We used information from the 1958 British birth cohort (1958BC, up to n = 5,231) as the discovery sample, and from the Northern Finland Birth cohort 1966 (NFBC66, up to n = 5,316) and Twins UK (up to n = 3,943)] to replicate the initial findings from the 1958BC.
Detailed description of the 1958 British birth cohort (1958BC) has been published previously . In brief, study participants were born in England, Scotland or Wales during one week in March 1958 (n = 17,638). At age 45 years, 11,971 participants were invited to attend a biomedical survey: 9,377 (78%) completed at least one questionnaire. The 1958BC is almost entirely a white European population (98%) , and for these analyses, 158 individuals of other ethnic groups and one pregnant participant were excluded. The 45-year biomedical survey was approved by the South-East Multi-Centre Research Ethics Committee (ref. 01/1/44), the ethics approval for genetic work was granted by the Joint UCL/UCLH Committees on the Ethics of Human Research (Committee A) Ref: 08/H0714/40, and written consent [for use of information in medical research studies] was obtained from the participants. For the present study, all the analyses were performed in up to 5,231 individuals.
The Northern Finland Birth Cohort of 1966 (NFBC66) comprises a total of 12,058 live-births to mothers living in the two northern‒most provinces of Finland, who were invited to participate if they had expected delivery dates during 1966 . At age 31 all individuals still living in Northern Finland or the Helsinki area were asked to participate in a detailed biological and medical examination (n = 6,007) as well as a questionnaire. The University of Oulu ethics committee approved the study. The present study includes up to 5,316 individuals with genotype data and information on WHR, serum triglycerides and LDL cholesterol. Written informed consent was obtained from all the participants and the Ethics Committee of the Faculty of Medicine at the University of Oulu approved the study.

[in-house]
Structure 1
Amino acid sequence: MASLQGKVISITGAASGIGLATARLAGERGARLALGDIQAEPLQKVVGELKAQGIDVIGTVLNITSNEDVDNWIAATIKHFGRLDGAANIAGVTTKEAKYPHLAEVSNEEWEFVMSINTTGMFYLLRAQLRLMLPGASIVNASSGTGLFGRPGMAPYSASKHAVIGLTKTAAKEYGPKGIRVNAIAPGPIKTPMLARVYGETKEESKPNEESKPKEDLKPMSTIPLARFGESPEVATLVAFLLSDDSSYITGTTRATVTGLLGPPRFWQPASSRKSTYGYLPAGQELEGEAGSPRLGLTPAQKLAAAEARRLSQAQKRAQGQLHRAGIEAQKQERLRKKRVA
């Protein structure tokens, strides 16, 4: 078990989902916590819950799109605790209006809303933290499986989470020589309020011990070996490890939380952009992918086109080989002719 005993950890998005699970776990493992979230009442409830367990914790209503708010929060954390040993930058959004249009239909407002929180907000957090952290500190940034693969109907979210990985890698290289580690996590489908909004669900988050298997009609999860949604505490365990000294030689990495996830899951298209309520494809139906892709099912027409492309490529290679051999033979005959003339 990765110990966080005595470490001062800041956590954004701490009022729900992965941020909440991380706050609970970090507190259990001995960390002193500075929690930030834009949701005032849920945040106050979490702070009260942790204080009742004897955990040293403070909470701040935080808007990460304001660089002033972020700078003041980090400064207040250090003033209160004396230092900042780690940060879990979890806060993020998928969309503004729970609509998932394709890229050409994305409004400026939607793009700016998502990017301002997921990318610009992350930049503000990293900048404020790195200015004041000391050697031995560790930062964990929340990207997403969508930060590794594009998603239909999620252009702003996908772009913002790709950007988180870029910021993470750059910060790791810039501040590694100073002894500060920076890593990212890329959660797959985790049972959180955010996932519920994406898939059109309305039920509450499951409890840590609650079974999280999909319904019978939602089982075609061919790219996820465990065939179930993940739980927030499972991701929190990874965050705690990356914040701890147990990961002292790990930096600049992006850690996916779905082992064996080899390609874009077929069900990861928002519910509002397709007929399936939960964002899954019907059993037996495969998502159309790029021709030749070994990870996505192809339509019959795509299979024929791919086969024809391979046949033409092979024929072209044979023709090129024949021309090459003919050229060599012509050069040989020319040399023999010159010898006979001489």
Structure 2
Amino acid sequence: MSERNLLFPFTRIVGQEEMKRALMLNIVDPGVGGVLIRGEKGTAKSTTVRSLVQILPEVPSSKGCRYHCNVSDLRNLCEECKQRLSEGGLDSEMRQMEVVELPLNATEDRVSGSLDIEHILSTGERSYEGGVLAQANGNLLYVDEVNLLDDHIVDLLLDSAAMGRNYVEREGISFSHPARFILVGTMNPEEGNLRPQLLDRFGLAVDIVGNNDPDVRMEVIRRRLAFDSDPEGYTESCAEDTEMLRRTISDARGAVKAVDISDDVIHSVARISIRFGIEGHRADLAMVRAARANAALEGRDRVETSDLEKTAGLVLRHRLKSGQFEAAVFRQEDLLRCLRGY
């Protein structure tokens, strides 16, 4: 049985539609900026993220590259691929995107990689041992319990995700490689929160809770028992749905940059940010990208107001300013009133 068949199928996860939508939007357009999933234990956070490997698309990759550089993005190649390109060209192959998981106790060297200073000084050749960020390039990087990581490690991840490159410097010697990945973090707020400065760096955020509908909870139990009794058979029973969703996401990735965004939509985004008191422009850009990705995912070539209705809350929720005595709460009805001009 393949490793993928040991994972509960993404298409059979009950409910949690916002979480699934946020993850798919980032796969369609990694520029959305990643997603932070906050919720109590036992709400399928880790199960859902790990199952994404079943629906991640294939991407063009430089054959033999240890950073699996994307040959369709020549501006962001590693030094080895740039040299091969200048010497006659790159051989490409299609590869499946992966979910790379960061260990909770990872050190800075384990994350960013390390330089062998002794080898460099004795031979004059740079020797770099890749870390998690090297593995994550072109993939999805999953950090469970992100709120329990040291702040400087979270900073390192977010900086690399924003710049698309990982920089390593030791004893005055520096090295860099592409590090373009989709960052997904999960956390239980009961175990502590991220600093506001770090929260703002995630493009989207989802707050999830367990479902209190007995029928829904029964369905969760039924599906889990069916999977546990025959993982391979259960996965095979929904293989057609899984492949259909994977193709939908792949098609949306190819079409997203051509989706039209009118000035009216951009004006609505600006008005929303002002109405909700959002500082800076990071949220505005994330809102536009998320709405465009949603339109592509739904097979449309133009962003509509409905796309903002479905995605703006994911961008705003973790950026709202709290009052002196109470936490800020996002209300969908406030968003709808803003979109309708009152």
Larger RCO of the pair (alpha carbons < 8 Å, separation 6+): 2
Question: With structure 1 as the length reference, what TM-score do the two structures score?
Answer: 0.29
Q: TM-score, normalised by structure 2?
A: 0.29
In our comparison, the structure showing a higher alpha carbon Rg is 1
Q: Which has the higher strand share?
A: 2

The Twins registry in St. Thomas' Hospital, King's College London recruited a total sample of 11,000 identical and non-identical, mostly female Caucasian, twins from across the UK through national media campaigns . Their age ranges between 16 and 85 years. Over 7,000 twins have attended detailed clinical examinations with a wide range of phenotypes over the last 18 years. All participants were recruited without presence or interest in any particular disease or trait. We included individuals for whom data on WHR (n = 3,943), serum triglycerides (n = 1,996) or LDL cholesterol (n = 1,992) were available. The Guy’s and St Thomas’ (GSTT) Ethics Committee approved the study and all the study participants gave informed consent.
Weight and standing height, at 45 years of age, were measured without shoes and in light clothing by a trained nurse using standardized protocols and equipment; waist circumference was measured by the nurse midway between the costal margin and iliac crest. BMI was calculated as weight (kg)/height (m)2. Blood pressure was measured in a seated position, after 5 min rest, using an Omron 705CP automated sphygmomanometer with a large cuff for participants with a mid-upper arm circumference ≥32 cm; the measurement was repeated three times, and blood pressure was determined as the average of successful measurements.